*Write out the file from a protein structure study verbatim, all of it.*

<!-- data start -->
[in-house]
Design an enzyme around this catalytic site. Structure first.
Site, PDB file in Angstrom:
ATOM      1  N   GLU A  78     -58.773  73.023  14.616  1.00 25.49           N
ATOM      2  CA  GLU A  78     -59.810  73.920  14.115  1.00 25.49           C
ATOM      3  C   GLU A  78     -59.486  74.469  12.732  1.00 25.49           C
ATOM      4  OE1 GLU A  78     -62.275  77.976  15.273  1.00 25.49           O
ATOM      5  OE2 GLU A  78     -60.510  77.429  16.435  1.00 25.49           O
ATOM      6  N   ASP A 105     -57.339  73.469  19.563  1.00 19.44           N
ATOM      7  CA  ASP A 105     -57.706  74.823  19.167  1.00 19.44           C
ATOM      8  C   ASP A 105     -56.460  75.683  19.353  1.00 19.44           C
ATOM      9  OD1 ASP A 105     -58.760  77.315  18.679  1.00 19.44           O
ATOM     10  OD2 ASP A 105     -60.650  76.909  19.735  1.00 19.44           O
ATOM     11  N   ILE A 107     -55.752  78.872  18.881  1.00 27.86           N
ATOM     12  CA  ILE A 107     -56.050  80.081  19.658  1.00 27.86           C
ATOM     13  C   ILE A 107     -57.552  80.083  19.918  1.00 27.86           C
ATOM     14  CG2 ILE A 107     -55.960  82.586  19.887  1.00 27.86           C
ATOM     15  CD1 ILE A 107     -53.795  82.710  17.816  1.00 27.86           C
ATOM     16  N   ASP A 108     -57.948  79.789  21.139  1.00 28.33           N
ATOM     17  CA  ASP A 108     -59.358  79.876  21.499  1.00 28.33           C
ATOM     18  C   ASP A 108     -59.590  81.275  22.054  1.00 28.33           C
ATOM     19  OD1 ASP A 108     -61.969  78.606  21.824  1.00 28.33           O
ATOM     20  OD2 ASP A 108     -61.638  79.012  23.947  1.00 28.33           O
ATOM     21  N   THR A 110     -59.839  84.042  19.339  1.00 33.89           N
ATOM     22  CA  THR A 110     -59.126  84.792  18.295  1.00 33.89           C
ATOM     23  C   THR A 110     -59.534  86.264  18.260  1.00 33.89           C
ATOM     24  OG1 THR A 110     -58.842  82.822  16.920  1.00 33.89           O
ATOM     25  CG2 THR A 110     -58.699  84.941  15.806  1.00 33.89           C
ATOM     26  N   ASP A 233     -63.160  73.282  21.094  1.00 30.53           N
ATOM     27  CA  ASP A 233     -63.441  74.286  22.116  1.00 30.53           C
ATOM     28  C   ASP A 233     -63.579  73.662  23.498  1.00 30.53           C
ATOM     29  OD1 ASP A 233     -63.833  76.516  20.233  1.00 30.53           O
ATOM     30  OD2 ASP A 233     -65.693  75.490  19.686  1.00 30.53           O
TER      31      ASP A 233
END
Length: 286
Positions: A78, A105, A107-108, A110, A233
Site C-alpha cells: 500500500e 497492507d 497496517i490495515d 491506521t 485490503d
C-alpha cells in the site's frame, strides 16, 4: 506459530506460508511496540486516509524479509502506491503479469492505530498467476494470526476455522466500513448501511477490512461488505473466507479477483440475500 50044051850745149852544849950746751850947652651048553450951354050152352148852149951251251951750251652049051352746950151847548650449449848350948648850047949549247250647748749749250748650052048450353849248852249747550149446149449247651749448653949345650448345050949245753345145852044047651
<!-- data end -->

[in-house]
Design an enzyme around this catalytic site. Structure first.
Site, PDB file in Angstrom:
ATOM      1  N   GLU A  78     -58.773  73.023  14.616  1.00 25.49           N
ATOM      2  CA  GLU A  78     -59.810  73.920  14.115  1.00 25.49           C
ATOM      3  C   GLU A  78     -59.486  74.469  12.732  1.00 25.49           C
ATOM      4  OE1 GLU A  78     -62.275  77.976  15.273  1.00 25.49           O
ATOM      5  OE2 GLU A  78     -60.510  77.429  16.435  1.00 25.49           O
ATOM      6  N   ASP A 105     -57.339  73.469  19.563  1.00 19.44           N
ATOM      7  CA  ASP A 105     -57.706  74.823  19.167  1.00 19.44           C
ATOM      8  C   ASP A 105     -56.460  75.683  19.353  1.00 19.44           C
ATOM      9  OD1 ASP A 105     -58.760  77.315  18.679  1.00 19.44           O
ATOM     10  OD2 ASP A 105     -60.650  76.909  19.735  1.00 19.44           O
ATOM     11  N   ILE A 107     -55.752  78.872  18.881  1.00 27.86           N
ATOM     12  CA  ILE A 107     -56.050  80.081  19.658  1.00 27.86           C
ATOM     13  C   ILE A 107     -57.552  80.083  19.918  1.00 27.86           C
ATOM     14  CG2 ILE A 107     -55.960  82.586  19.887  1.00 27.86           C
ATOM     15  CD1 ILE A 107     -53.795  82.710  17.816  1.00 27.86           C
ATOM     16  N   ASP A 108     -57.948  79.789  21.139  1.00 28.33           N
ATOM     17  CA  ASP A 108     -59.358  79.876  21.499  1.00 28.33           C
ATOM     18  C   ASP A 108     -59.590  81.275  22.054  1.00 28.33           C
ATOM     19  OD1 ASP A 108     -61.969  78.606  21.824  1.00 28.33           O
ATOM     20  OD2 ASP A 108     -61.638  79.012  23.947  1.00 28.33           O
ATOM     21  N   THR A 110     -59.839  84.042  19.339  1.00 33.89           N
ATOM     22  CA  THR A 110     -59.126  84.792  18.295  1.00 33.89           C
ATOM     23  C   THR A 110     -59.534  86.264  18.260  1.00 33.89           C
ATOM     24  OG1 THR A 110     -58.842  82.822  16.920  1.00 33.89           O
ATOM     25  CG2 THR A 110     -58.699  84.941  15.806  1.00 33.89           C
ATOM     26  N   ASP A 233     -63.160  73.282  21.094  1.00 30.53           N
ATOM     27  CA  ASP A 233     -63.441  74.286  22.116  1.00 30.53           C
ATOM     28  C   ASP A 233     -63.579  73.662  23.498  1.00 30.53           C
ATOM     29  OD1 ASP A 233     -63.833  76.516  20.233  1.00 30.53           O
ATOM     30  OD2 ASP A 233     -65.693  75.490  19.686  1.00 30.53           O
TER      31      ASP A 233
END
Length: 286
Positions: A78, A105, A107-108, A110, A233
Site C-alpha cells: 500500500e 497492507d 497496517i490495515d 491506521t 485490503d
C-alpha cells in the site's frame, strides 16, 4: 506459530506460508511496540486516509524479509502506491503479469492505530498467476494470526476455522466500513448501511477490512461488505473466507479477483440475500 50044051850745149852544849950746751850947652651048553450951354050152352148852149951251251951750251652049051352746950151847548650449449848350948648850047949549247250647748749749250748650052048450353849248852249747550149446149449247651749448653949345650448345050949245753345145852044047651